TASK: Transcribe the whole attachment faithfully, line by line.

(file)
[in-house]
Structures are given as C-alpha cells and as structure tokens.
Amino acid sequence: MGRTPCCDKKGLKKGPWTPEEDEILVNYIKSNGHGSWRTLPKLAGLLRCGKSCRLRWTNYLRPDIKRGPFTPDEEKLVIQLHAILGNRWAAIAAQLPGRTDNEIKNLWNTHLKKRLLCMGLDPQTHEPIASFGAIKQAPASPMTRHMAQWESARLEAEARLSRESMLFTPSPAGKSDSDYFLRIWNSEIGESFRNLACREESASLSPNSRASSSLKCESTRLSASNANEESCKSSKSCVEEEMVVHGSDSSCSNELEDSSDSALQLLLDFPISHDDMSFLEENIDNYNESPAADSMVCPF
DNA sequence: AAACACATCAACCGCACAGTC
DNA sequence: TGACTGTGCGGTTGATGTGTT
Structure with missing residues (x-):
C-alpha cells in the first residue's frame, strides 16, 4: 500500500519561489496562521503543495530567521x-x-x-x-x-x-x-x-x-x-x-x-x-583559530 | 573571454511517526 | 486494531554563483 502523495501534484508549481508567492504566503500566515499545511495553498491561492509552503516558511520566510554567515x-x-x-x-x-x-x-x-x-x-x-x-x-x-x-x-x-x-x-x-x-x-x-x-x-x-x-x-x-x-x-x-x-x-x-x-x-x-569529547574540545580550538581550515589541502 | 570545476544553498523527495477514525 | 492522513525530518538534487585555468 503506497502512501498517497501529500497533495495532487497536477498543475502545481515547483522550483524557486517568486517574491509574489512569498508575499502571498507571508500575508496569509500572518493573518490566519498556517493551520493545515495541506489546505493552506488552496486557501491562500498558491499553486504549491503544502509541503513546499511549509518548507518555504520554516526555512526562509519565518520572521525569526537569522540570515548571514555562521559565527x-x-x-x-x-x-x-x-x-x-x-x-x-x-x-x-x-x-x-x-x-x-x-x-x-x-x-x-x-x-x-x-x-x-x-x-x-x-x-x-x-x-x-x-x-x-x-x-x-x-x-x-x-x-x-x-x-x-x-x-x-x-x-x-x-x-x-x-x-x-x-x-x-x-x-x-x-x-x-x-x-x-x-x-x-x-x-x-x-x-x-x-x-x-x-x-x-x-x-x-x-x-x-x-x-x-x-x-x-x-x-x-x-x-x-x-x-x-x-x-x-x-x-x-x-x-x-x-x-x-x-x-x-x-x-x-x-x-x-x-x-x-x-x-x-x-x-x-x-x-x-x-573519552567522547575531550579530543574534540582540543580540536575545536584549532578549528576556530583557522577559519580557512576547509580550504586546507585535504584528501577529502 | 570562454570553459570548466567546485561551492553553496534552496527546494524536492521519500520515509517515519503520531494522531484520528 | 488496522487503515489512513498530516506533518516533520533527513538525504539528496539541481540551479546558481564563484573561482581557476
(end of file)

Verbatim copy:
[in-house]
Structures are given as C-alpha cells and as structure tokens.
Amino acid sequence: MGRTPCCDKKGLKKGPWTPEEDEILVNYIKSNGHGSWRTLPKLAGLLRCGKSCRLRWTNYLRPDIKRGPFTPDEEKLVIQLHAILGNRWAAIAAQLPGRTDNEIKNLWNTHLKKRLLCMGLDPQTHEPIASFGAIKQAPASPMTRHMAQWESARLEAEARLSRESMLFTPSPAGKSDSDYFLRIWNSEIGESFRNLACREESASLSPNSRASSSLKCESTRLSASNANEESCKSSKSCVEEEMVVHGSDSSCSNELEDSSDSALQLLLDFPISHDDMSFLEENIDNYNESPAADSMVCPF
DNA sequence: AAACACATCAACCGCACAGTC
DNA sequence: TGACTGTGCGGTTGATGTGTT
Structure with missing residues (x-):
C-alpha cells in the first residue's frame, strides 16, 4: 500500500519561489496562521503543495530567521x-x-x-x-x-x-x-x-x-x-x-x-x-583559530 | 573571454511517526 | 486494531554563483 502523495501534484508549481508567492504566503500566515499545511495553498491561492509552503516558511520566510554567515x-x-x-x-x-x-x-x-x-x-x-x-x-x-x-x-x-x-x-x-x-x-x-x-x-x-x-x-x-x-x-x-x-x-x-x-x-x-569529547574540545580550538581550515589541502 | 570545476544553498523527495477514525 | 492522513525530518538534487585555468 503506497502512501498517497501529500497533495495532487497536477498543475502545481515547483522550483524557486517568486517574491509574489512569498508575499502571498507571508500575508496569509500572518493573518490566519498556517493551520493545515495541506489546505493552506488552496486557501491562500498558491499553486504549491503544502509541503513546499511549509518548507518555504520554516526555512526562509519565518520572521525569526537569522540570515548571514555562521559565527x-x-x-x-x-x-x-x-x-x-x-x-x-x-x-x-x-x-x-x-x-x-x-x-x-x-x-x-x-x-x-x-x-x-x-x-x-x-x-x-x-x-x-x-x-x-x-x-x-x-x-x-x-x-x-x-x-x-x-x-x-x-x-x-x-x-x-x-x-x-x-x-x-x-x-x-x-x-x-x-x-x-x-x-x-x-x-x-x-x-x-x-x-x-x-x-x-x-x-x-x-x-x-x-x-x-x-x-x-x-x-x-x-x-x-x-x-x-x-x-x-x-x-x-x-x-x-x-x-x-x-x-x-x-x-x-x-x-x-x-x-x-x-x-x-x-x-x-x-x-x-x-573519552567522547575531550579530543574534540582540543580540536575545536584549532578549528576556530583557522577559519580557512576547509580550504586546507585535504584528501577529502 | 570562454570553459570548466567546485561551492553553496534552496527546494524536492521519500520515509517515519503520531494522531484520528 | 488496522487503515489512513498530516506533518516533520533527513538525504539528496539541481540551479546558481564563484573561482581557476